LOS ANGELES - The first major U.S. exhibit of artist Jasper Johns in 20 years opens at The Broad Saturday.
It's called, "Jasper Johns: Something Resembling Truth." The artist made icons of American flag paintings, maps, targets and numbers.
More than 120 of Johns' important paintings, sculptures, prints, and drawings are on display.
Broad founding director Joanne Heyler described how influential Johns is: "I'm not sure you can overstate it. He is one of the most influential artists of the last century, anywhere."
Johns, who changed the world of contemporary art in the mid-century, is 87 now and continues to paint at home in Connecticut.
In a 2006 interview, Johns said "Yet, one hopes for something resembling truth, some sense of life, even of grace, to flicker, at least, in the work."
That quote inspired the show title.
"Something Resembling Truth" begins with a gallery focused on Johns' interpretations of the American flag. It includes "Three Flags" painted in 1958 and on rare loan from New York's Whitney Museum of Art.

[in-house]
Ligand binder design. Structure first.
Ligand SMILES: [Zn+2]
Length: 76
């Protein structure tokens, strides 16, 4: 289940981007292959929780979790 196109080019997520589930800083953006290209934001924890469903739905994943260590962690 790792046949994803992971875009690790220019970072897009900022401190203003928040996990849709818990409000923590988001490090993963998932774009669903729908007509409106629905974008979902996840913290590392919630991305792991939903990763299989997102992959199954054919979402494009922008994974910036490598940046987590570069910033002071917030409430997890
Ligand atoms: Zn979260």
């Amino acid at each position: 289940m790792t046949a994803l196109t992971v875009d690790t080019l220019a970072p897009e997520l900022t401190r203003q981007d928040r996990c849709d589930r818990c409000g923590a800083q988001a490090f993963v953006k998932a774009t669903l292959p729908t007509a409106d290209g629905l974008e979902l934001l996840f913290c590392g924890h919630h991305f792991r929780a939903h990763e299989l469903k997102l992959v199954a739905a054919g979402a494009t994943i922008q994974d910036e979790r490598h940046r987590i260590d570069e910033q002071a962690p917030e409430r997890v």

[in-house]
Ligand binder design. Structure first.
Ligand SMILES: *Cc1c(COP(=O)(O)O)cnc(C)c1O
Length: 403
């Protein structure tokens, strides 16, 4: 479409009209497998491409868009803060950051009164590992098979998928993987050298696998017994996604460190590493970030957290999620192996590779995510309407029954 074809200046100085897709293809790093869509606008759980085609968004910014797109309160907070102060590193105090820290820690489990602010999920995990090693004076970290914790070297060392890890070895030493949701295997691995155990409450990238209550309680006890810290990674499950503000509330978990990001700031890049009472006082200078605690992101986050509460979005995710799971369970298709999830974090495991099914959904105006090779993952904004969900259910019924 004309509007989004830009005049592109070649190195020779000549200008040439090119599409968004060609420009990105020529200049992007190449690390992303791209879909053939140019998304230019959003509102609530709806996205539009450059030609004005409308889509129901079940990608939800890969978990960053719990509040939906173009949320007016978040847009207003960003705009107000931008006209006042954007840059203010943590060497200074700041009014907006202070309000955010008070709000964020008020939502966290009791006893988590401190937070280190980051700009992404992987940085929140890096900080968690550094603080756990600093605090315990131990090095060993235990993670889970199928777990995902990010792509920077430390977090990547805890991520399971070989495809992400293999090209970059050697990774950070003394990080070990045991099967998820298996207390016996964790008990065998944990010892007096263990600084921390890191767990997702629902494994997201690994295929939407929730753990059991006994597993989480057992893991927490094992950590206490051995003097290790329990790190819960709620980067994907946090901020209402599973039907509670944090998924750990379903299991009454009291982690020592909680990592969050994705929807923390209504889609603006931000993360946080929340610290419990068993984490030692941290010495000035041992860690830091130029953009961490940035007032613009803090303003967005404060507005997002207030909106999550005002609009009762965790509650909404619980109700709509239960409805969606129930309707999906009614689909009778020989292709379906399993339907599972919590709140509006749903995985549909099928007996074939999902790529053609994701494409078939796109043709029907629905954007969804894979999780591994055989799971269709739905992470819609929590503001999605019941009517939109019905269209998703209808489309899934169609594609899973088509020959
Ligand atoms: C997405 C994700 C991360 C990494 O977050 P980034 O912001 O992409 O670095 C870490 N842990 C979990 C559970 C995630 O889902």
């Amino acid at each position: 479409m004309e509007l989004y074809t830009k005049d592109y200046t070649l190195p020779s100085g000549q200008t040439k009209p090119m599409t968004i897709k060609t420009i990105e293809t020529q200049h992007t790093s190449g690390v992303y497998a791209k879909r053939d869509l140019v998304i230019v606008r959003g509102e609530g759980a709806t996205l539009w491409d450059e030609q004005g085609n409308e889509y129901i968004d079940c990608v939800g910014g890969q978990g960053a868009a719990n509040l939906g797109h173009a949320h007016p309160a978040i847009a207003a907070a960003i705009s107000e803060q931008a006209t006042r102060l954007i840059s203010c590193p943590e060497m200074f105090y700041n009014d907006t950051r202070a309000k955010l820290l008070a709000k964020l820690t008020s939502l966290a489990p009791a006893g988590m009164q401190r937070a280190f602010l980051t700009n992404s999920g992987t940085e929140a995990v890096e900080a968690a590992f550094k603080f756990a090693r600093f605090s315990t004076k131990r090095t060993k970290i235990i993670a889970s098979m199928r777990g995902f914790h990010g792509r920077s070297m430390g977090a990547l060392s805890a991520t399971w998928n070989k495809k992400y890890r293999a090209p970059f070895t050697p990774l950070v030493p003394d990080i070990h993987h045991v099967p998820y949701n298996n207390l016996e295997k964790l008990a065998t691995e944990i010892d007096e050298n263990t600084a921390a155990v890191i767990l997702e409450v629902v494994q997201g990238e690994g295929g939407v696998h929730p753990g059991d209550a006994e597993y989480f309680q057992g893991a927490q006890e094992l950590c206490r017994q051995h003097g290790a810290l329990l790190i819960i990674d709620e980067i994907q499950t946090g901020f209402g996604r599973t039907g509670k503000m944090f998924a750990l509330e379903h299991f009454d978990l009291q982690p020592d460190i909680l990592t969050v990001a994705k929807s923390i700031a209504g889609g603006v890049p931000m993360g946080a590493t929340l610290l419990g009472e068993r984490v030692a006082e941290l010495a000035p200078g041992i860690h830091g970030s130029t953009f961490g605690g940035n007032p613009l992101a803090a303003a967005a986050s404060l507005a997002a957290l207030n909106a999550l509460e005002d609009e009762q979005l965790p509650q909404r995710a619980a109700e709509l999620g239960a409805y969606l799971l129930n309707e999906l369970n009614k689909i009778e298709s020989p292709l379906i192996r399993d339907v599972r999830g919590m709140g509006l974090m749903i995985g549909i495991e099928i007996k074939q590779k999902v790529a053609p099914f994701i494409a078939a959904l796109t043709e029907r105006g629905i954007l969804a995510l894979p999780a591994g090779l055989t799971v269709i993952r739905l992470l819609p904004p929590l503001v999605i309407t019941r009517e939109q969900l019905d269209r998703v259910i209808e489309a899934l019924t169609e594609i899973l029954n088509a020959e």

The artist said the first flag image came to him in a dream in 1954, and that dream has produced some of his most iconic work.
There is a lot to take in from the exhibition. Seven pieces are from The Broad collection.
For Eli and Edythe Broad, the exhibition is personal.
Said Heyler: "Jasper Johns is one of the first contemporary artists that they collected at all. There was a Jasper Johns painting they bought in 1978 that kicked off their true passion for contemporary art."
The exhibit was organized by the Royal Academy of Arts in London in collaboration with The Broad. This is the only museum in the United States where you will see it.
Adult ticket prices are $25. First Thursdays each month are free between 4 and 7 p.m. via standby admission (March 1, April 3 and May 1). It runs Feb. 10 through May 13.